Jordan Henderson will lead England out for the crucial World Cup qualifier against Slovakia at Wembley on Monday night, where manager Gareth Southgate wants his players to bring the crowd to their feet.
Liverpool midfielder Henderson led the team in Malta on Friday, where a 4-0 victory margin flattered an England side whose disappointing performance was booed by some travelling fans.
But with England knowing victory will take them to the brink of a place in next year's finals in Russia, Southgate wants his stars to raise their game for the occasion.
Victory would take Southgate's team five points clear of Slovakia with two games to play, and he is hoping to see a vibrant England display.
He said there was "no point in changing" the captaincy, even though he has yet to appoint a full-time skipper following Wayne Rooney's international retirement, so Henderson keeps the armband.
And Southgate added: "I t's a great opportunity for us, a home game. W e are playing good opposition so we've got to make sure we are tactically prepared, which we will be, but also we've got to have belief in the team that we've got.
"We've got some exciting players and we want to show that.
"We know the task we have; we know the opportunity. The whole country wants to be at a World Cup.
"It's a great opportunity for the Wembley crowd to get behind us as well.
"We have a r esponsibility to get them on their feet. But equally everywhere we go around the world, the opposition crowds really give the team a lift.
"This result can virtually get us to Russia so everybody wants that and it would be great if we get the level of support that I know that stadium can bring."
England needed a last-gasp Adam Lallana strike to beat Slovakia 1-0 in Trnava last year.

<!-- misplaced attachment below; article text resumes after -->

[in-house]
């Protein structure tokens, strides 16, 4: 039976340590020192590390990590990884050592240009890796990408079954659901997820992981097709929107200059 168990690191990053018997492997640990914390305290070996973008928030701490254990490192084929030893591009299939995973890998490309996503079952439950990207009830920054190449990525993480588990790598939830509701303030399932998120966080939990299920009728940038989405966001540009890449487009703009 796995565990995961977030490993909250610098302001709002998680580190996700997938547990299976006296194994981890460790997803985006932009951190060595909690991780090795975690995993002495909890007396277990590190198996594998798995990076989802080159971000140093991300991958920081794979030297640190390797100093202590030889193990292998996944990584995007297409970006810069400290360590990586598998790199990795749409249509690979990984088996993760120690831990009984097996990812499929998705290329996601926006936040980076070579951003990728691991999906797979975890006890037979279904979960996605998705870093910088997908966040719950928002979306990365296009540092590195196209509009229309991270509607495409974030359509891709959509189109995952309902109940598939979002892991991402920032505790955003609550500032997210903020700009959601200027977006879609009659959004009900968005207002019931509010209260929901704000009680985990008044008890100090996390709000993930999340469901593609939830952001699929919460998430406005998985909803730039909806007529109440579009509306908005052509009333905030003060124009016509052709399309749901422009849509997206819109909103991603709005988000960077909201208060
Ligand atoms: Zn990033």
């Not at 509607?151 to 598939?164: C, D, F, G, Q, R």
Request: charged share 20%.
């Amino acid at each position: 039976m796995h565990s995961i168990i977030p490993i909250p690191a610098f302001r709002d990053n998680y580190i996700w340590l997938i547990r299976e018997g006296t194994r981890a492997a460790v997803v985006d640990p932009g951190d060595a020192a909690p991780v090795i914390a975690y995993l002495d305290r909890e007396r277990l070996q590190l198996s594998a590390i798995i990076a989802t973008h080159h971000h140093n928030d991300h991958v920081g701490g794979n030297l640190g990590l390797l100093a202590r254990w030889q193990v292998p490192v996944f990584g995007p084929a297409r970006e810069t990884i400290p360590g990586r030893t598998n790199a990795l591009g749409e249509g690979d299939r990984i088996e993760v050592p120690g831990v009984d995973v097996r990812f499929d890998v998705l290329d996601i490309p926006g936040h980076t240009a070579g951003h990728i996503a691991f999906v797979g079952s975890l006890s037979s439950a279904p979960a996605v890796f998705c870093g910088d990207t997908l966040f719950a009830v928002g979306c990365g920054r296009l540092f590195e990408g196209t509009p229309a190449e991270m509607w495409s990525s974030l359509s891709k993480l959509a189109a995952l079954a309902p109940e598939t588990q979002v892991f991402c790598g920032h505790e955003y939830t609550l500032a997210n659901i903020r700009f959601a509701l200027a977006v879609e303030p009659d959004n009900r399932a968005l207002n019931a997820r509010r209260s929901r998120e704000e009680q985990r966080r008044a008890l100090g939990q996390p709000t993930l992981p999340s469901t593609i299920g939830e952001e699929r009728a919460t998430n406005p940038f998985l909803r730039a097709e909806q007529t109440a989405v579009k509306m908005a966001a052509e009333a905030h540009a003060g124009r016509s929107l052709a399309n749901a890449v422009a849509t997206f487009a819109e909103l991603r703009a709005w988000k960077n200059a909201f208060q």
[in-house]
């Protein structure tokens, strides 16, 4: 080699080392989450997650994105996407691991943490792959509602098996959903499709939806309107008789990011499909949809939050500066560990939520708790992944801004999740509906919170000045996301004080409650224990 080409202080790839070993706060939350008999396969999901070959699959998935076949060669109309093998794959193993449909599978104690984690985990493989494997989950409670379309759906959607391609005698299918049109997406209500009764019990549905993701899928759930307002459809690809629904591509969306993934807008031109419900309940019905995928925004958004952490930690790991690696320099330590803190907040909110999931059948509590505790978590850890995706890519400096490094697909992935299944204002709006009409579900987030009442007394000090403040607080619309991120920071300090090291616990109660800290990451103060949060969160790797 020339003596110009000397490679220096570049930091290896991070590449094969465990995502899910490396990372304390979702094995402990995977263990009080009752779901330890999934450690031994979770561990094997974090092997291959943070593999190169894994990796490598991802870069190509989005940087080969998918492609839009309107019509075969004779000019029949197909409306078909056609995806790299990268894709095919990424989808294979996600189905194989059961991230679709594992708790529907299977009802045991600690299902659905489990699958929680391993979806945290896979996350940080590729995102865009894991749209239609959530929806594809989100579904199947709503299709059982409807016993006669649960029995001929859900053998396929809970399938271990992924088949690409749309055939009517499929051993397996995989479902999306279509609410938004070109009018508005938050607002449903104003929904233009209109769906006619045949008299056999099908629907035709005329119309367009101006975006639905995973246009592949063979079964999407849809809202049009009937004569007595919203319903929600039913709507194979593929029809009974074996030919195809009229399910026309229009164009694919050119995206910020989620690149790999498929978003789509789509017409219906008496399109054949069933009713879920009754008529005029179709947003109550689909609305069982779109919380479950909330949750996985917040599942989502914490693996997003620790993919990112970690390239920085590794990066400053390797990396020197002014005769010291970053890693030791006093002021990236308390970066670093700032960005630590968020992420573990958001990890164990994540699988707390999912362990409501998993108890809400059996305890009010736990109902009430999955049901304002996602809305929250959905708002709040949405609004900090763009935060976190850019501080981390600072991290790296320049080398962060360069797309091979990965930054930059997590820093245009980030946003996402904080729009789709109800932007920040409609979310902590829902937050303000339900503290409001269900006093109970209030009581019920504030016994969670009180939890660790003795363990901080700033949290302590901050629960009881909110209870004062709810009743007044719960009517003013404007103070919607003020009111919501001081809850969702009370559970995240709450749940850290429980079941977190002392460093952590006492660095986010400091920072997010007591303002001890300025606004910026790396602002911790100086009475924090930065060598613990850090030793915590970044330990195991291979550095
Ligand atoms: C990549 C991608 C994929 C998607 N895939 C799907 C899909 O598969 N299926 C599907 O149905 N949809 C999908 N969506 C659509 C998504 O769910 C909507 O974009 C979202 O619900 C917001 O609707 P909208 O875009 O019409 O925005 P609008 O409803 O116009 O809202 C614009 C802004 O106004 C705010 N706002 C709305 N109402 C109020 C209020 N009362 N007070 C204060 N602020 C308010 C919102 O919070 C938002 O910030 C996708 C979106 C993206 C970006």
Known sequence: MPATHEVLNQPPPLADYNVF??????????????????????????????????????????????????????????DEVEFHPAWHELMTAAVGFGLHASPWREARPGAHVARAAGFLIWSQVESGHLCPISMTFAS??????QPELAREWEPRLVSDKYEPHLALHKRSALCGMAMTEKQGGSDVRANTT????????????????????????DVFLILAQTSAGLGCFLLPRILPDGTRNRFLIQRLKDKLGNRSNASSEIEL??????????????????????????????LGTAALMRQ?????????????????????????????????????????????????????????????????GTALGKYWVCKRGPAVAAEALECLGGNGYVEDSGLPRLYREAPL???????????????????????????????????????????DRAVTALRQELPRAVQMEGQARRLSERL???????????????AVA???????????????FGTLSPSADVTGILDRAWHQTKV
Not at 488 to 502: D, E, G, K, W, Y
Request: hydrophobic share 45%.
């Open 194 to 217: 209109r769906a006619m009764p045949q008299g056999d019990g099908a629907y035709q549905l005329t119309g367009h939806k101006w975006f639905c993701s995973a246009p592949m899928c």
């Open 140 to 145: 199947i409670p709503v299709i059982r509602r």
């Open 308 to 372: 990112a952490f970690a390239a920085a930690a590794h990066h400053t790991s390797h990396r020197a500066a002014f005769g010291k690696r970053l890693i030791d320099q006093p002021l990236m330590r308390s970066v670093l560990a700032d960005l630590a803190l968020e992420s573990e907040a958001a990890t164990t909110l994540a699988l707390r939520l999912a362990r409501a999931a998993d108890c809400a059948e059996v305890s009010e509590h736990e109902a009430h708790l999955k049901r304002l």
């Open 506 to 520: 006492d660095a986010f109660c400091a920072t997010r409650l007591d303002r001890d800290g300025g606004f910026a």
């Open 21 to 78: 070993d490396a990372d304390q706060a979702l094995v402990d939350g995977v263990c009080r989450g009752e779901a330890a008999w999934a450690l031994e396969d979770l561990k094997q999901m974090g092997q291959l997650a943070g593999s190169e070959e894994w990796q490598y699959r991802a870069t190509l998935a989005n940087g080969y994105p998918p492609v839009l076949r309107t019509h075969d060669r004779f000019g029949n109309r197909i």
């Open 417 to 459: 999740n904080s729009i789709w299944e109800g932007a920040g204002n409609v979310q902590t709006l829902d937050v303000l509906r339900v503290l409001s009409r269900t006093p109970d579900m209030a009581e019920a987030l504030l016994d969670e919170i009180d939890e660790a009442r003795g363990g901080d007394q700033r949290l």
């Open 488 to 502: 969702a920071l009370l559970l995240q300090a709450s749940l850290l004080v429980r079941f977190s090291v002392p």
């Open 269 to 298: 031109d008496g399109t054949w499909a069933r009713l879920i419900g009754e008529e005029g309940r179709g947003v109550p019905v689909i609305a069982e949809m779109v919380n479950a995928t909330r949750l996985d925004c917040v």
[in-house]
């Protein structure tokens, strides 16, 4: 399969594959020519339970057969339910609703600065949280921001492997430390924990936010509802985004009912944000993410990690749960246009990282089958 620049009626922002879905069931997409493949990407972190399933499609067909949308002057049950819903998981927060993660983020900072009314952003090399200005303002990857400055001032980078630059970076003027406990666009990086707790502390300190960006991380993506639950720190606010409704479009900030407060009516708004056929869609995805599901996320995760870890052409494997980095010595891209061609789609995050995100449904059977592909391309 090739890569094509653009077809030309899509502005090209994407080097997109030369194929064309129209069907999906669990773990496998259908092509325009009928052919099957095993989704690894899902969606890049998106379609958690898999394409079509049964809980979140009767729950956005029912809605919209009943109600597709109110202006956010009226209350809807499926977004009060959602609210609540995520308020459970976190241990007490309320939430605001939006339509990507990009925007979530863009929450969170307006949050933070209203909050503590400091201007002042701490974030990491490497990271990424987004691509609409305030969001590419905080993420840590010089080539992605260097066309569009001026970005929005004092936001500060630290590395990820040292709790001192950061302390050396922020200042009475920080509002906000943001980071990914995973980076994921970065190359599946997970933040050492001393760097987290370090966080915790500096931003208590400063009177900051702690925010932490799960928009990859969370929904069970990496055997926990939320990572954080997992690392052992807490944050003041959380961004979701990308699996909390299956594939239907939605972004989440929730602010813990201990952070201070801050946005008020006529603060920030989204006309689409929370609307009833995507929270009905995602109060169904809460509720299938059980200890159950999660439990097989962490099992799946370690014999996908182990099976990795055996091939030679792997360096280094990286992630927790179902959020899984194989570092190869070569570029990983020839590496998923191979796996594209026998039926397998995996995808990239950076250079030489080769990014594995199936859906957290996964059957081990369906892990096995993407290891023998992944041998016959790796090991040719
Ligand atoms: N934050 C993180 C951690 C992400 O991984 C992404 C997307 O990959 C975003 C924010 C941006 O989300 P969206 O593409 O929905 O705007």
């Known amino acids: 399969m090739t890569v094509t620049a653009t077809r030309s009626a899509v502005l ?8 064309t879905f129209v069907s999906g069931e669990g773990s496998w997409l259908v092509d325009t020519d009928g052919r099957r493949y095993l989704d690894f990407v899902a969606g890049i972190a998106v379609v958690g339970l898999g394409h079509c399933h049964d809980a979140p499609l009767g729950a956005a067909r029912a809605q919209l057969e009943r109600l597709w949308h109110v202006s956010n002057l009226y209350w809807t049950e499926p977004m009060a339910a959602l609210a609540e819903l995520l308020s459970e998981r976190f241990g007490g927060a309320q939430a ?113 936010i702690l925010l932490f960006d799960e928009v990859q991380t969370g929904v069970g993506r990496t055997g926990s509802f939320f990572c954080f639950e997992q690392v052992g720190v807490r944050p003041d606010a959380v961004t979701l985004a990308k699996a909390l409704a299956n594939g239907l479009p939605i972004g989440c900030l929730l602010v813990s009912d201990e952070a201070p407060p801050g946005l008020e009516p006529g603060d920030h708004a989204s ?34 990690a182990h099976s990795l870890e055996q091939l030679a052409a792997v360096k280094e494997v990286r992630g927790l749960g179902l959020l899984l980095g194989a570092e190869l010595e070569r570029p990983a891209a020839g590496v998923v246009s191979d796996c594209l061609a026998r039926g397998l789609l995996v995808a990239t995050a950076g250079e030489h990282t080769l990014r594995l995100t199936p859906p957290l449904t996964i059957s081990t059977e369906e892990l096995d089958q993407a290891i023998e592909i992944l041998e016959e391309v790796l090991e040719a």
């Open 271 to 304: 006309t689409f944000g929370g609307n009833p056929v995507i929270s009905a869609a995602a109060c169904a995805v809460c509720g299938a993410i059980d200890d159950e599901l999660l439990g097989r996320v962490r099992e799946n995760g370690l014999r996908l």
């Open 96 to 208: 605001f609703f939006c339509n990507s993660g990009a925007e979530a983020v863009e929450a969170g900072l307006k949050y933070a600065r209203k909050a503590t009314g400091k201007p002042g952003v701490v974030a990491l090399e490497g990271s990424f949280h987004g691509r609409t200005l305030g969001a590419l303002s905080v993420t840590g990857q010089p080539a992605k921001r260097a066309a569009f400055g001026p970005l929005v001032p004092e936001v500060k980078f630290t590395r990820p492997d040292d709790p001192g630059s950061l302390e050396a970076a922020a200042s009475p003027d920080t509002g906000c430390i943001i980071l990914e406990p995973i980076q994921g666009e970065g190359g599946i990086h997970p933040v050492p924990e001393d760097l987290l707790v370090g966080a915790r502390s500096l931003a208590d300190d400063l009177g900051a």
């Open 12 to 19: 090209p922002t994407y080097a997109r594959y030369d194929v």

One year to the day since that match, since when Southgate has replaced Sam Allardyce as England boss, the teams will go head-to-head again in London.
Southgate added: "We've got to assume Slovakia aren't going to come here and open up and make it easy for us.
"It's apparent they've got some good footballers and who knows the way the game is going to flow? We have to be adaptable in the way that we perform.
"We know how we want to play. We've got an opponent that's going to want to stop us.
"We'd all love to score early and be three up by half-time. On some occasions that happens but it's not very often. So then you've got to prepared to be patient and work your openings.
"We believe the players are becoming more and more savvy to the challenges of international football."
After 17-year-old Ben Woodburn made a stunning debut for Wales on Saturday, scoring the winner on his debut against Austria, Southgate was reminded the Chester-born youngster was once courted by England.
But Woodburn made an early commitment to Wales, representing the country at youth levels before being handed his chance on the big stage.
Asked if he was a player England missed out on, Southgate said: "I'm responsible for most things, (but) I'm not responsible for that. But we have lots of kids who are dual nationality in our programme and it's increasingly difficult to monitor all of them.
"You can't pick all of them at younger ages. He's one that did train with us in some of the junior ages.
"But some of the countries are able to fast-track them more quickly and of course that appeals to some of the kids, and also some will feel their heart belongs to other countries, so that's personal choice and we wish him well."